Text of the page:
CAN AEROSOLS BLOWING IN THE WIND FROM A JACUZZI SPREAD THE CORONAVIRUS?

Updated: May 19

COVID-19 Outbreak Associated with Air Conditioning in Restaurant, Guangzhou, China, 2020


Jianyun Lu1, Jieni Gu1, Kuibiao Li1, Conghui Xu1, Wenzhe Su, Zhisheng Lai, Deqian Zhou, Chao Yu, Bin Xu , and Zhicong Yang

Author affiliations: Guangzhou Center for Disease Control and Prevention, Guangzhou, China (J. Lu, K. Li, C. Xu, W. Su, C. Yu, Z. Yang); Guangzhou Yuexiu District Center for Disease Control and Prevention, Guangzhou, China (J. Gu, Z. Lai, D. Zhou, B. Xu)

Suggested citation for this article

Abstract During January 26–February 10, 2020, an outbreak of 2019 novel coronavirus disease in an air-conditioned restaurant in Guangzhou, China, involved 3 family clusters. The airflow direction was consistent with droplet transmission. To prevent the spread of the virus in restaurants, we recommend increasing the distance between tables and improving ventilation.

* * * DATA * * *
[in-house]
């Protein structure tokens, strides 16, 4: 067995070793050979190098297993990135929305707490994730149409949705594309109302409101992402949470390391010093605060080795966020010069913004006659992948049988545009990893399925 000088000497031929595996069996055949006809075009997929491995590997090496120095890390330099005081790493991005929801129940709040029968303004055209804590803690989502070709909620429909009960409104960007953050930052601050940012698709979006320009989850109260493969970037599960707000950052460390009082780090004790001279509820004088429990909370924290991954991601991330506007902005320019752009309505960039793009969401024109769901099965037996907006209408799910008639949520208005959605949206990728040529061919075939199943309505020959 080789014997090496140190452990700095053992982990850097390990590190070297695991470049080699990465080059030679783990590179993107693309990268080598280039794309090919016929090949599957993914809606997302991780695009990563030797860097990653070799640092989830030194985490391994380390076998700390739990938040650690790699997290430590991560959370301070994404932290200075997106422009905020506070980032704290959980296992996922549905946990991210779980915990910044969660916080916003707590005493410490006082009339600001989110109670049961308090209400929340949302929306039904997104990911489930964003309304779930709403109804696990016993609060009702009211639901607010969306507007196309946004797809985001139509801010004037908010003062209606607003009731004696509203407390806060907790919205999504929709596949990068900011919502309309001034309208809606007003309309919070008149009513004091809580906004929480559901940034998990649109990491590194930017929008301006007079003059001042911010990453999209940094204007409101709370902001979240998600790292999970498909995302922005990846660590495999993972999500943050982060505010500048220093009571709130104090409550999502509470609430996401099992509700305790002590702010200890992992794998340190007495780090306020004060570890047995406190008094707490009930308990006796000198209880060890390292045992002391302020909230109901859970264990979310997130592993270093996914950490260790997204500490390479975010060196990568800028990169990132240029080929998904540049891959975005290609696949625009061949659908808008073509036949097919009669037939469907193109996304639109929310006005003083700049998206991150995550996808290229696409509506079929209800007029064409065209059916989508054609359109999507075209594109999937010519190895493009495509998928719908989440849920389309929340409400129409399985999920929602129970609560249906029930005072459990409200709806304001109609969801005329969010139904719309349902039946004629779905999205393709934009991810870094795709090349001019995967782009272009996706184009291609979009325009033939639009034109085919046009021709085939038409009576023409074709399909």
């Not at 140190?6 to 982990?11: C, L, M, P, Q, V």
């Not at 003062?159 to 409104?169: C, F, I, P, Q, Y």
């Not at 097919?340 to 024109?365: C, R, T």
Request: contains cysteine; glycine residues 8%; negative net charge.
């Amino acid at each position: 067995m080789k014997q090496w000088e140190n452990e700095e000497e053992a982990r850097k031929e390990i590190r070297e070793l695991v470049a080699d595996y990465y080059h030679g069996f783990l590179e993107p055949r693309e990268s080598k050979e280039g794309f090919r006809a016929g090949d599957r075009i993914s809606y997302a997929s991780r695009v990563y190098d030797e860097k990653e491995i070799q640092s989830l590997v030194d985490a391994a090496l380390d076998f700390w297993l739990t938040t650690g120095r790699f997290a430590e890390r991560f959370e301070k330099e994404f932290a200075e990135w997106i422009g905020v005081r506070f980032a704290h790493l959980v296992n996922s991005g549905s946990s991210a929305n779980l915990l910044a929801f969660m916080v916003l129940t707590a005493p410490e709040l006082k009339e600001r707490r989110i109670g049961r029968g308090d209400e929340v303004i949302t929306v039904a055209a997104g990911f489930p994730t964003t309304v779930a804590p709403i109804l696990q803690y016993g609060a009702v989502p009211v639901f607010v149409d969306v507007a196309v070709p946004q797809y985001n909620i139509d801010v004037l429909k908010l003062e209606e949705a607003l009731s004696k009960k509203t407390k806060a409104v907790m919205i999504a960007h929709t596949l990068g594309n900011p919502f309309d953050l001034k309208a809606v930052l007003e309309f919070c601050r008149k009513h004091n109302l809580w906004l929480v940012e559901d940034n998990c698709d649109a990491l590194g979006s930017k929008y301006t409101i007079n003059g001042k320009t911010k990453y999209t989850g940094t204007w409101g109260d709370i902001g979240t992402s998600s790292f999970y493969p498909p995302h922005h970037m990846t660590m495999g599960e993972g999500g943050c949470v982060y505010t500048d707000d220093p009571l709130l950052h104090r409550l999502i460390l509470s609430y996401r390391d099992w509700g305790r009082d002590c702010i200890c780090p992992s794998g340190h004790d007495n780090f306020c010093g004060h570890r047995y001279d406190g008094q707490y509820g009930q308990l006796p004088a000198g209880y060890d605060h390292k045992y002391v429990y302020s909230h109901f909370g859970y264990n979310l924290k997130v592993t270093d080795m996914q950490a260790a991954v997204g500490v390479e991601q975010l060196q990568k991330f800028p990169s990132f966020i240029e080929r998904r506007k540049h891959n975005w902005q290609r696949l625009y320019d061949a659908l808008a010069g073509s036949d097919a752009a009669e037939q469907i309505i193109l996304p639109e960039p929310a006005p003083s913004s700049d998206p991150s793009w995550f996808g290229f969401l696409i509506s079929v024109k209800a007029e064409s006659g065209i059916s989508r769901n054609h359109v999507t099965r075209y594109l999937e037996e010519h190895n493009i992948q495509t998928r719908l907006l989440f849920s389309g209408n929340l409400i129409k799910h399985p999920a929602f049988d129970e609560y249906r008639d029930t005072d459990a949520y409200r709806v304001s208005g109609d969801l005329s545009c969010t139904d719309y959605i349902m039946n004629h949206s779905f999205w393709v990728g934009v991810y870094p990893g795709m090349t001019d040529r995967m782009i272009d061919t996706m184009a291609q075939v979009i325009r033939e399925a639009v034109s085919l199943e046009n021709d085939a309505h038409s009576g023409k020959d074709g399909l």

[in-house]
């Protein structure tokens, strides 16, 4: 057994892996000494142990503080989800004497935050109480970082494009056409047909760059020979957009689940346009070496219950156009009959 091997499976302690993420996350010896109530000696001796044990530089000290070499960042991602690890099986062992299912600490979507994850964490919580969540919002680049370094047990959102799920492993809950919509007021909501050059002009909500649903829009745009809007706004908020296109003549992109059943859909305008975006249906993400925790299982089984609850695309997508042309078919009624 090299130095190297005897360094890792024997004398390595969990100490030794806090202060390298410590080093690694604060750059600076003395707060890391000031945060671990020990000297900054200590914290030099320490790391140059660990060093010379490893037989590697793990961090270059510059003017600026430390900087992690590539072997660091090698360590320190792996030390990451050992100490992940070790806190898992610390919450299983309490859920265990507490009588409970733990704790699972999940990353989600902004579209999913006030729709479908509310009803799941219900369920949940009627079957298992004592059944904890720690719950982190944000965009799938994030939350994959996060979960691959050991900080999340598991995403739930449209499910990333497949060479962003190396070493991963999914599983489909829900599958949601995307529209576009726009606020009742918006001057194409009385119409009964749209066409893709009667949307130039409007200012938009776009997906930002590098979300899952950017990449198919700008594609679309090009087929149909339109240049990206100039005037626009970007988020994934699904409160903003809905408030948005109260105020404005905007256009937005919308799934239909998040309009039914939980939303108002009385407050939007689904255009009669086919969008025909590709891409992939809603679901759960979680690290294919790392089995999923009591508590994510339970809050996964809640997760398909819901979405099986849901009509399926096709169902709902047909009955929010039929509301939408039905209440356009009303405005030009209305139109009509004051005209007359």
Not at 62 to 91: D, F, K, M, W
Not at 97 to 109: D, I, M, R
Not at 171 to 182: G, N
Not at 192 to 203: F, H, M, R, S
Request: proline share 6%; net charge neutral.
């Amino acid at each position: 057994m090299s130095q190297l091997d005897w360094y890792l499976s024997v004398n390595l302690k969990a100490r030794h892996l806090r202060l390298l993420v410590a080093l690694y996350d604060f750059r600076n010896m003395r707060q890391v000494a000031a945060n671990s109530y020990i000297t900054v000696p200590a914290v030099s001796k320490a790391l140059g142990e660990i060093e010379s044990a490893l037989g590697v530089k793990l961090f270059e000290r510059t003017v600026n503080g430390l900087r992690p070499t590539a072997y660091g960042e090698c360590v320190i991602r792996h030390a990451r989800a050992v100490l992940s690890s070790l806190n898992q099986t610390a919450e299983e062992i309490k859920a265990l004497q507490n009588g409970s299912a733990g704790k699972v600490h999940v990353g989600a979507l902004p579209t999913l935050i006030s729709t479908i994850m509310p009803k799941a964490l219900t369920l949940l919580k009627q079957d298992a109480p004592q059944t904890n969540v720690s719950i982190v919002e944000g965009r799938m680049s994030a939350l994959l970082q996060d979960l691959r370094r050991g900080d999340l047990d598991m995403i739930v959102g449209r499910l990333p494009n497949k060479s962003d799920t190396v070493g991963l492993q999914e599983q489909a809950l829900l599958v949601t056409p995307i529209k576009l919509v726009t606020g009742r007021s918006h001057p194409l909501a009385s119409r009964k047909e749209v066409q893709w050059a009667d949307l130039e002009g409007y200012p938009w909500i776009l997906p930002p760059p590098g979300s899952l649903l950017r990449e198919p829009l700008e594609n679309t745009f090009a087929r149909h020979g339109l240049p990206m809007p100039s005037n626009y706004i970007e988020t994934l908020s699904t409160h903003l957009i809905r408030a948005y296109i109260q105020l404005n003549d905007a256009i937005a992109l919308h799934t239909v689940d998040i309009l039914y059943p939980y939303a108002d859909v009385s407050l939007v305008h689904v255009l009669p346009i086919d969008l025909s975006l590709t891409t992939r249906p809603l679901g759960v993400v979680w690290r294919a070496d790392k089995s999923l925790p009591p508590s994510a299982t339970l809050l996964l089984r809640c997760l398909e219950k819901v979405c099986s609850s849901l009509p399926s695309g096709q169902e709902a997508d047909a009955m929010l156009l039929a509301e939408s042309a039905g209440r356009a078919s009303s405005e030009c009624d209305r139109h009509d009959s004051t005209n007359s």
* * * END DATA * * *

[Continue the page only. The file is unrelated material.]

If air conditioning flow can transmit coronavirus, what about a jacuzzi outside with wind blowing aerosol vapors. And how far will those vapors travel? And given the proximity of homes in Mission Beach, does a jacuzzi filled with people infected by the coronavirus represent a threat? We think the answer is, possibly, but then what do you have to lose?



WHICH WAY DO YOU THINK THE WIND IS BLOWING?



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